January 31, 2023

Arshile Gorky

Gorky working on "Aviation" in LaGuardia Airport for the Federal Art Project. January 1, 1937

Starting in the 1920s, New York City was the centre of art practice in America, and had art students cramming in to live amongst the artistic milieu. They wanted to move away from more staid ‘mechanical drawing’ techniques practiced in the rest of America, and, ‘for obvious utilitarian reasons’, join a bohemia which was focused around the Greenwich Village.[1]  Artists were influenced by literature and philosophy, and the unconventional atmosphere encouraged a freedom of self-expression.  The majority were closely associated with the few galleries in existence that slowly began admitting and showing modern art. The art looked closely towards its European counterpart, and when Matisse won the Carnegie International Prize for his retrospective at the Valentine Dudensing Gallery in 1926/27, there was a public scandal over Brancusi, which helped focus attention and interest on modern art in America.

Artists were highly influenced by these publicised events and found that with a world slowly opening up to modern art, there came greater prospects and artistic opportunity. However, with the stock market crash and Great Depression of the early 1930s creating a period of great economic instability in America, the development of art at this time was impacted as artists struggled to survive through this upheaval. One early inhabitant of the New York School working at the time of the Great Depression was Arshile Gorky, who emigrated to the United States in 1920 from Armenia. Gorky’s early exhibitions, such as those at the Mellon galleries in Philadelphia, made apparent his knowledge of modern art, and his experimentation with European Cubist and Surrealist styles of art.  All around him, the artists of Greenwich Village inclined to the political left, and painters-turned-politicians came together artistically in support of Radicalism, depicting cults of widespread political extremist behaviour during the Depression years. What to do without paint and canvas became the artist’s main concern in this accelerated period of social change, as ‘breadlines where silent, resentful, broken men filled the New York air.’[3]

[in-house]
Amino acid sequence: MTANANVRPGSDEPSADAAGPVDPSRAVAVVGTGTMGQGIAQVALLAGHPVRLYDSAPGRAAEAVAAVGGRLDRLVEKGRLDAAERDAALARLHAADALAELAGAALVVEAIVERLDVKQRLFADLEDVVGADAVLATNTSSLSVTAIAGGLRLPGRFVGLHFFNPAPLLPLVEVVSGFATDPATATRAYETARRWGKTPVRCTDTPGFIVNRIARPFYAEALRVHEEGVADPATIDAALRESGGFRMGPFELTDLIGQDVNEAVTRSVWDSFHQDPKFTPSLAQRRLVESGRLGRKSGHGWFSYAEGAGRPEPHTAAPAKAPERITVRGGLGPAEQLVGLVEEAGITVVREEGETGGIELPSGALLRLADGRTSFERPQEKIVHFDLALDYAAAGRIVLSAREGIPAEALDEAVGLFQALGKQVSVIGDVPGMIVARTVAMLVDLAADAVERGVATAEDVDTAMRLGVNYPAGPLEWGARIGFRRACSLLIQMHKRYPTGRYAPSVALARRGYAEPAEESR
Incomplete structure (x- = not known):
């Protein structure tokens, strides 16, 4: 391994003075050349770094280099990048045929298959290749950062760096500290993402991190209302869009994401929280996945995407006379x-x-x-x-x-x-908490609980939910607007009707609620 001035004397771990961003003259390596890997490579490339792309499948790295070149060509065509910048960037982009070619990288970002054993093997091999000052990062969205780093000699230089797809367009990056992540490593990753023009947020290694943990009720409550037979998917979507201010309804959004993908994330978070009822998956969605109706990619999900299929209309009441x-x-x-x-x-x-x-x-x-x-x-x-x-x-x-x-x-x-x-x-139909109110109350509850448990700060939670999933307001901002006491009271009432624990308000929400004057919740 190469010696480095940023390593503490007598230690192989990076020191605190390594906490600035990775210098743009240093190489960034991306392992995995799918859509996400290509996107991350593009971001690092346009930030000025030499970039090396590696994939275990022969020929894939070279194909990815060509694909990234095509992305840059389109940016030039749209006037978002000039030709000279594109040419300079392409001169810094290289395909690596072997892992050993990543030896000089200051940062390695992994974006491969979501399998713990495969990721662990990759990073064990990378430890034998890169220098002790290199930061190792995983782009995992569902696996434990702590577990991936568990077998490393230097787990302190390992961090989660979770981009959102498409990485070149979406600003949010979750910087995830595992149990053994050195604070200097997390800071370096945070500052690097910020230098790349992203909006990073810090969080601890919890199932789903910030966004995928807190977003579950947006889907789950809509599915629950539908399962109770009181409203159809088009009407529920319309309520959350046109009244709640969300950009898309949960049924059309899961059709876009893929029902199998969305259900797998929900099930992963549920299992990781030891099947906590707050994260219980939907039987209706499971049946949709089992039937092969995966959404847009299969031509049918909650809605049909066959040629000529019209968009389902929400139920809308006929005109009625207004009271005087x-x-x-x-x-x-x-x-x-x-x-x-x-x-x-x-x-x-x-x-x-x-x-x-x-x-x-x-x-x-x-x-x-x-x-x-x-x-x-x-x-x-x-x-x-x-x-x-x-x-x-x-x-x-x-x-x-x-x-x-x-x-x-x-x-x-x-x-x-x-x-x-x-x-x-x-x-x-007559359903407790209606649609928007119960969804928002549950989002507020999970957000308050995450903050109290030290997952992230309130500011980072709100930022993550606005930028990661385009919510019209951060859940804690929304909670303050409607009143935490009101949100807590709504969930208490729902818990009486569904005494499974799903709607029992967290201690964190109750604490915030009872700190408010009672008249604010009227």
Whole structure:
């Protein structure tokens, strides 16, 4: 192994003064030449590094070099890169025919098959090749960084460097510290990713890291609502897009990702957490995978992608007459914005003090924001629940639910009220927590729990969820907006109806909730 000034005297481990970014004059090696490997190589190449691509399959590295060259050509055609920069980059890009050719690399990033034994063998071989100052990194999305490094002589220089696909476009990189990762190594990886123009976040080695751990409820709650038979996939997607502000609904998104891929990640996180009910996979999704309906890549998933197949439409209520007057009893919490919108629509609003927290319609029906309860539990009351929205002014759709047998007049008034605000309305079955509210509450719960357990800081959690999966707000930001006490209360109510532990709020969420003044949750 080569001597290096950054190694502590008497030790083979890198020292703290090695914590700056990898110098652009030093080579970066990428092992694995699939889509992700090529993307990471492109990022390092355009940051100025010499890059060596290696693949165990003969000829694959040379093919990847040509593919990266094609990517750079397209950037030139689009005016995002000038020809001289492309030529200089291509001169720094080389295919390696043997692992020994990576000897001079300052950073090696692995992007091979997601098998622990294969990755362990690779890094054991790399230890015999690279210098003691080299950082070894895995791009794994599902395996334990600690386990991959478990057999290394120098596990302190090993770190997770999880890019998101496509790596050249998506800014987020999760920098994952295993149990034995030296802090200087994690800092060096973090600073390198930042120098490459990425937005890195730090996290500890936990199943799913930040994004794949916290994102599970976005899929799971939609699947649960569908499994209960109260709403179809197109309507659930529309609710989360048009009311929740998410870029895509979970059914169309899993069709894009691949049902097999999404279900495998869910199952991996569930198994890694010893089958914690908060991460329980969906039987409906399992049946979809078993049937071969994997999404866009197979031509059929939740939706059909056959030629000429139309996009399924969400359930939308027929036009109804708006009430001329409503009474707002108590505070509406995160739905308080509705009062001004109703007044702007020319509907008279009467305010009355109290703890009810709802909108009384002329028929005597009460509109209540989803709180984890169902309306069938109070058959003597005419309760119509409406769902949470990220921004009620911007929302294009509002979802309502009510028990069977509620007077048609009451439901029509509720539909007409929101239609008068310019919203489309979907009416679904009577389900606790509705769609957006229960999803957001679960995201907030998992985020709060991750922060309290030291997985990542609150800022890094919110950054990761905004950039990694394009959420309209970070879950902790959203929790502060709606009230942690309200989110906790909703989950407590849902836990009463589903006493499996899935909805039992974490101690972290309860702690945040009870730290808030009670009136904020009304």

Born in 1904 in Khorkom Vari Haiyotz Dzore, Armenia, Arshile Gorky was able to escape the Great Depression of the 1930s to some extent by working, like many other artists did, for the Works Progress Administration (WPA). This public body, set up by the Roosevelt administration, federally sponsored public works projects, which helped establish an artistic community for the first time during the Depression. Artists were employed to produce murals and posters, and assist as teachers, and ‘for the first time in their lives, they could devote all their time to their work.’[4]

Gorky working on Aviation in LaGuardia Airport, for the Federal Art Project, 1 January 1937